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DieHumane: The Grotesque

I'm annoyingly vocal about the things I don't enjoy. Stop me (or just skip ahead a bit in the review) if I've been down this river before, but my wife has to frequently remind me to be on my best behavior when discussing music with friends or even new acquaintances. I'm not trying to be malicious, and I respect everyone's right to listen to whatever floats their boats. I just have no filter for these things and kind of expect people to just know it's not a "you" problem that I hate what you listen to, it's a "me" problem. With that said, one of my absolute biggest pet peeves in the world of music is music that is weird for the sake of it. Never been a fan of Zappa, Primus, Mr. Bungle, although I certainly respect the hell out of them all (to varying degrees). Knowing this about myself, the debut album from DieHumane, The Grotesque certainly didn't give me a great first impression. A supergroup consisting of ex-members of Type O Negative, Exodus, and others; DieHumane take a modern metal base and supplement it with bizarre instrumentation and twisted atmosphere. It's a trip.

The Grotesque kind of listens like a disturbing soundtrack to a mid to late 90's film about drugs that makes you feel dirty and greasy. You know, like Trainspotting or Requiem for a Dream. This is definitely a hard rock/heavy metal album at it's core, but there's so much randomness on display here that I wouldn't really feel comfortable calling it much else. "Unadulterated Weirdness" doesn't really have a great ring to it, but that would work ok in a pinch. There's constant stopping and starting in these songs, with tone shifts on a dime and plenty of unexpected instrumentation to have you scratching your head. In addition to the usual suspects (guitar/bass/drums), you can expect a barrage of piano, violin, and especially saxophone. There's porno sax all over this release, and I'll never really understand how it fits in with a heavy rock band, but the contrast is somewhat unsettling which I have to assume is what these guys were going for. While the Sax tends to confuse me, the violin sounds absolutely lovely most of the time and actually delivers some truly haunting and unexpectedly beautiful moments from time to time.

The songs themselves don't have much cohesion aside from the fact that they are all pretty weird and atmospheric. The guitar solos are well done, and much to my surprise they are performed by ex-Exodus guitarist Rick Hunolt, who shows a staggering amount of range and emotion with his performances here. He runs the gamut from metallic, note-dense wizardry to jazzy or bluesy bits depending on the track. The vocals are pretty all over the place, as one would expect from an "avant-garde" band like this. Singer Garret West can do it all; from growls to bluesy croon. He tends to settle most on a modern radio rock kinda delivery, though. Not really what you would expect from a band this out there, but perhaps that's why he does it. There's plenty of interludes/intros between the songs proper on here, and they do a good job of setting the mood for the ensuing insanity, generally focusing on one of the more unique instruments the band pulls out of their bag of tricks. It's all very strange, and like I said, almost reminiscent of the soundtrack from an art film that ends very poorly for everyone. And somehow, I find myself intrigued by it all, which is the biggest surprise of all to be had here.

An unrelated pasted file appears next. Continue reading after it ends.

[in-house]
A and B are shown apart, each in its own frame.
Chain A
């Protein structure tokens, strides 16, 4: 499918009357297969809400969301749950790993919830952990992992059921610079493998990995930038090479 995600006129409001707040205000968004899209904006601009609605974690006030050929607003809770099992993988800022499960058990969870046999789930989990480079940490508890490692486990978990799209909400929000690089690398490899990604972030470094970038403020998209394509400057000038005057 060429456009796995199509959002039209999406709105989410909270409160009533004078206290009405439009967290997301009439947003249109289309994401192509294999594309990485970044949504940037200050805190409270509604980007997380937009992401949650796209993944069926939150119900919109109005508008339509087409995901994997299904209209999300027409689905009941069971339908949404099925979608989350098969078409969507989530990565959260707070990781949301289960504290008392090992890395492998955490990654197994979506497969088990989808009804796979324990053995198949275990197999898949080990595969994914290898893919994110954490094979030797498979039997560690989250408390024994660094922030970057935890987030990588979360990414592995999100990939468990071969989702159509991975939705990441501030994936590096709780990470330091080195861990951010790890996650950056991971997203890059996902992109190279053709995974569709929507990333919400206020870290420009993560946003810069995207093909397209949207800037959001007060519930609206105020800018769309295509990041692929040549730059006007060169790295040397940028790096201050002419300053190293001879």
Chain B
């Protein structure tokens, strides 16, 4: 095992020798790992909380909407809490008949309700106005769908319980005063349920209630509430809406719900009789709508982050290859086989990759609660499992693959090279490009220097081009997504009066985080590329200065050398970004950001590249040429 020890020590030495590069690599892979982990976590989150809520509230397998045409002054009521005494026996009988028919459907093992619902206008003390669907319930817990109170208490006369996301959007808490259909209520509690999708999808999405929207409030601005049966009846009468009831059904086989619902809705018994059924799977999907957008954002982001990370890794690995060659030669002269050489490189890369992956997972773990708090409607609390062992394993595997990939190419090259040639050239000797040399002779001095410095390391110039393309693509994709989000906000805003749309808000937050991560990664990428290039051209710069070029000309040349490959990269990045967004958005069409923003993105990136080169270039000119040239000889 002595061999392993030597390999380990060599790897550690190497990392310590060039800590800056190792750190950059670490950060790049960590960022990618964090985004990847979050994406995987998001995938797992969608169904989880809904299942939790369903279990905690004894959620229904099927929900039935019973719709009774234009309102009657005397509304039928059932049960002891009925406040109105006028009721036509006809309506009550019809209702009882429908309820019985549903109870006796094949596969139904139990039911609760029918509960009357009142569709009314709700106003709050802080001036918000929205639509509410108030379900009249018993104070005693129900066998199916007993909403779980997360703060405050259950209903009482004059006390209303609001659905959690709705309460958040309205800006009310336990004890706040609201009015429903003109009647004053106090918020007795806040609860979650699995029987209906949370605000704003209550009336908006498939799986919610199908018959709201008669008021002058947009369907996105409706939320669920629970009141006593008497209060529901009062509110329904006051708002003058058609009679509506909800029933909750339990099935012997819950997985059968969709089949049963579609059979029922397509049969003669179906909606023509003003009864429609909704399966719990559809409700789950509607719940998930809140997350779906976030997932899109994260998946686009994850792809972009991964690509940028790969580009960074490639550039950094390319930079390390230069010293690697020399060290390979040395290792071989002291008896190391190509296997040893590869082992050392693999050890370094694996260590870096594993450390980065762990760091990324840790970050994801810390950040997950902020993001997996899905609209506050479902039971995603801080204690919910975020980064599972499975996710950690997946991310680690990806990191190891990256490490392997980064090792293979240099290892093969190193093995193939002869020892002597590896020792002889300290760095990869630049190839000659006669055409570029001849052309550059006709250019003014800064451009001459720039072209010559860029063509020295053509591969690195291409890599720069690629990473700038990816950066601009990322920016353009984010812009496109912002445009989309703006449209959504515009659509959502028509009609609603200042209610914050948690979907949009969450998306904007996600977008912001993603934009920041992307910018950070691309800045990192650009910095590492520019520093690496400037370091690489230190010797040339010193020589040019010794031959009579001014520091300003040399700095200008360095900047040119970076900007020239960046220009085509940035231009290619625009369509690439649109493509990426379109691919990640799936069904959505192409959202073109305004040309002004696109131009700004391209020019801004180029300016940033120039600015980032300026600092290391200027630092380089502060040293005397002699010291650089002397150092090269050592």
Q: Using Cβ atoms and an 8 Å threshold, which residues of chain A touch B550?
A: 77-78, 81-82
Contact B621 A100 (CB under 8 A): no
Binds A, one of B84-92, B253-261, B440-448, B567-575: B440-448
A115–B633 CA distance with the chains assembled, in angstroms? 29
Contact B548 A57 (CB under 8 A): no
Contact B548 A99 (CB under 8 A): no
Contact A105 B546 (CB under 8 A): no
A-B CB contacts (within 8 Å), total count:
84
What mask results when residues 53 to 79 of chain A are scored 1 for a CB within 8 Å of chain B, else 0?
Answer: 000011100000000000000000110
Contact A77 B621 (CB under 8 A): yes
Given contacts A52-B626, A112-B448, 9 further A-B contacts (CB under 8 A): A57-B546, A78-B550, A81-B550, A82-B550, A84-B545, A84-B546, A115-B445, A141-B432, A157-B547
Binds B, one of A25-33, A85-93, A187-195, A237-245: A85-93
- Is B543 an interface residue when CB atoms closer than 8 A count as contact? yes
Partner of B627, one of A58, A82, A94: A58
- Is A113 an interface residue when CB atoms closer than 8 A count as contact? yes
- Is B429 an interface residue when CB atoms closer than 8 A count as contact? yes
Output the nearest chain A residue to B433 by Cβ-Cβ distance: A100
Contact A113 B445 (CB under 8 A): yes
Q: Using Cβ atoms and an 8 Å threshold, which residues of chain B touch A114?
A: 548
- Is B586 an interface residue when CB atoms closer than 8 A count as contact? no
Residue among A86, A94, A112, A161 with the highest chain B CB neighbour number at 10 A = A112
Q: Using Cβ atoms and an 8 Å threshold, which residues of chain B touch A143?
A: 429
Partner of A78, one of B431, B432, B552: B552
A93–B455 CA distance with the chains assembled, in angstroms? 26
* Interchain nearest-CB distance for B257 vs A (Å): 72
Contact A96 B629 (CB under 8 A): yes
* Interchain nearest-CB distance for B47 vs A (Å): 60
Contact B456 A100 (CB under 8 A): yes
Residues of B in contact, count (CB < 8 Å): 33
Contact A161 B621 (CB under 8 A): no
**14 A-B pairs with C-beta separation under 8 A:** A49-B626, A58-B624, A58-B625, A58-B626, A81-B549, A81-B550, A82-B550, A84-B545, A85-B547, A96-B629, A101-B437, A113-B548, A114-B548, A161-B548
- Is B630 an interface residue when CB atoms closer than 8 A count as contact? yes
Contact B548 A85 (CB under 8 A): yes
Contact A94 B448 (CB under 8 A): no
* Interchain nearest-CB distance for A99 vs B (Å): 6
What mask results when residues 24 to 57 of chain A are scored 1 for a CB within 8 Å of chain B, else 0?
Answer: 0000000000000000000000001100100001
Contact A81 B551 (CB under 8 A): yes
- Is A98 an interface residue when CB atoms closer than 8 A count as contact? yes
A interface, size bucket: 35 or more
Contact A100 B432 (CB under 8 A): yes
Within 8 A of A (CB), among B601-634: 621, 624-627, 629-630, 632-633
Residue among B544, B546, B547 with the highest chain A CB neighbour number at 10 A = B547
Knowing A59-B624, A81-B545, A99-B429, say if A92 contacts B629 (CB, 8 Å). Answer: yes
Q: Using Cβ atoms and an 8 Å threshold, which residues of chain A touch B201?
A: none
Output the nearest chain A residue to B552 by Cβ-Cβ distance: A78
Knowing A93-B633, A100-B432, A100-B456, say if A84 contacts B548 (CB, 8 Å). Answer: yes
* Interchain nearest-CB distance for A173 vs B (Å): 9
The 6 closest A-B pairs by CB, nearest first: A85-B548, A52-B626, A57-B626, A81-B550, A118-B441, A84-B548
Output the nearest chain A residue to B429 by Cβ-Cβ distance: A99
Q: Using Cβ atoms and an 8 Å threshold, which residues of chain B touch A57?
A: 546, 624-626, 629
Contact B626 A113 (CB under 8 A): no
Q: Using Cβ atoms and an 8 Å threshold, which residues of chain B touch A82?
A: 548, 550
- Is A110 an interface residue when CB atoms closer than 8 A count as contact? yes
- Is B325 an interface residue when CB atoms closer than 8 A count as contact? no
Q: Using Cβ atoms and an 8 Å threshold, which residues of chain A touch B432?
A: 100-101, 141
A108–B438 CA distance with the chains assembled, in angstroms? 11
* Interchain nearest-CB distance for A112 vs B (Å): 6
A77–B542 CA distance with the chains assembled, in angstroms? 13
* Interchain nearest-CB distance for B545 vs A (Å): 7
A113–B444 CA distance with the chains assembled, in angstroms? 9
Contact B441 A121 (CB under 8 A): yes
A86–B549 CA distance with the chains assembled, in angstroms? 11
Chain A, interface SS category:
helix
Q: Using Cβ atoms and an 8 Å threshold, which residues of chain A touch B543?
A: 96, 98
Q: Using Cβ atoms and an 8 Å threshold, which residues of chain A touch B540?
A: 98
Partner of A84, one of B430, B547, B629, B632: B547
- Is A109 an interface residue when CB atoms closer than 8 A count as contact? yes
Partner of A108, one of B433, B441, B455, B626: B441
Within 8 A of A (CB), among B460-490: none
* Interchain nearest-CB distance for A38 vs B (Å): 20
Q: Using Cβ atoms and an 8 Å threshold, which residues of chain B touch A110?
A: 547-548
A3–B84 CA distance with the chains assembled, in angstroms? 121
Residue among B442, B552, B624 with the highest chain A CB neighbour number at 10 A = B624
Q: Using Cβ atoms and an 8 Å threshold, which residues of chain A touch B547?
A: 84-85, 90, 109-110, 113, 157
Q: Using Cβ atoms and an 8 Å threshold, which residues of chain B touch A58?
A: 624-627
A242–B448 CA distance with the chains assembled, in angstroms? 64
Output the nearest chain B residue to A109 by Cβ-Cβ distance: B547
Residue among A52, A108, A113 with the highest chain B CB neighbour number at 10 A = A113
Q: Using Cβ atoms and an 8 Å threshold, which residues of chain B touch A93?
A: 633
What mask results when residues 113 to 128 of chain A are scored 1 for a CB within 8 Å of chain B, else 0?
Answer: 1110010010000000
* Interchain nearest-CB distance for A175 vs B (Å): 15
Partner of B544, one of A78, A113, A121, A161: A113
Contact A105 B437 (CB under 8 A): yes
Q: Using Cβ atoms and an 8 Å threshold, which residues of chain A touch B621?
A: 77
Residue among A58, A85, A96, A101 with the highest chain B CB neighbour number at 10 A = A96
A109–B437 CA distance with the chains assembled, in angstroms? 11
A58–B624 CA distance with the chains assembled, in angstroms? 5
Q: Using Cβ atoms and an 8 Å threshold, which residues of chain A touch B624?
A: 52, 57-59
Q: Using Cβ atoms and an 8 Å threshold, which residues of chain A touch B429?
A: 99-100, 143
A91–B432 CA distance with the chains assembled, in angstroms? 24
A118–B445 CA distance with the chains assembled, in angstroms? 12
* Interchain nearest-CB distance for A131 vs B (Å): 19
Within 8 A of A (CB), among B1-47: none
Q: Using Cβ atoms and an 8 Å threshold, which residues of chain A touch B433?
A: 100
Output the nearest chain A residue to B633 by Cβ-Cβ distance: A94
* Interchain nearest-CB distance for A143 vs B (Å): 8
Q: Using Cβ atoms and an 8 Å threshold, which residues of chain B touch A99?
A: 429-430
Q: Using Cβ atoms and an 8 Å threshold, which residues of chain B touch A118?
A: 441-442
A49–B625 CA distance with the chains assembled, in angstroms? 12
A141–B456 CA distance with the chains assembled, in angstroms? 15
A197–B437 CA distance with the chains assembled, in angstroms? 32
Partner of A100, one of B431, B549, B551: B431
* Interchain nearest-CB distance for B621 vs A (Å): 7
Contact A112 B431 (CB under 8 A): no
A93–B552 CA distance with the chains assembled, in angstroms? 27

While there's little to no memorability to be had with any of the tracks here, there's a certain mood and atmosphere on The Grotesque that has to be experienced to be understood. There's so much going on, and so many ideas being thrown at you at all times, but the album as a whole manages to keep an even, unsettling and dark menace throughout. It just feels like something could go wrong at get downright depraved at any second, and while that's not exactly something I tend to want in my music (or everyday life), it does result in an interesting listen. I doubt I'd go back to this, but as a one off experience it was intriguing and, at times, kind of beautiful. If you are into the darker side of industrial rock or have a jonesing for something avant-garde and menacing, you might get a kick out of this.


Tracklist:
1. The Executively Dysfunctional
2. King of Nothing (The Bruiser)
3. Standing At The Edge Of Forever
4. Shell Shock
5. The Death Knell
6. Epitaph
7. Oblivion
8. The Vanishing
9. Ghosts
10. Aphasia
11. Nevermind
12. Crossroads
13. The Descent
14. The Devil Sings
15. Sparrows
16. Skeletons
17. Stardust Blues

Added: June 17th 2023
Reviewer: Brandon Miles
Score:
Related Link: Band Website
Hits: 1392
Language: english

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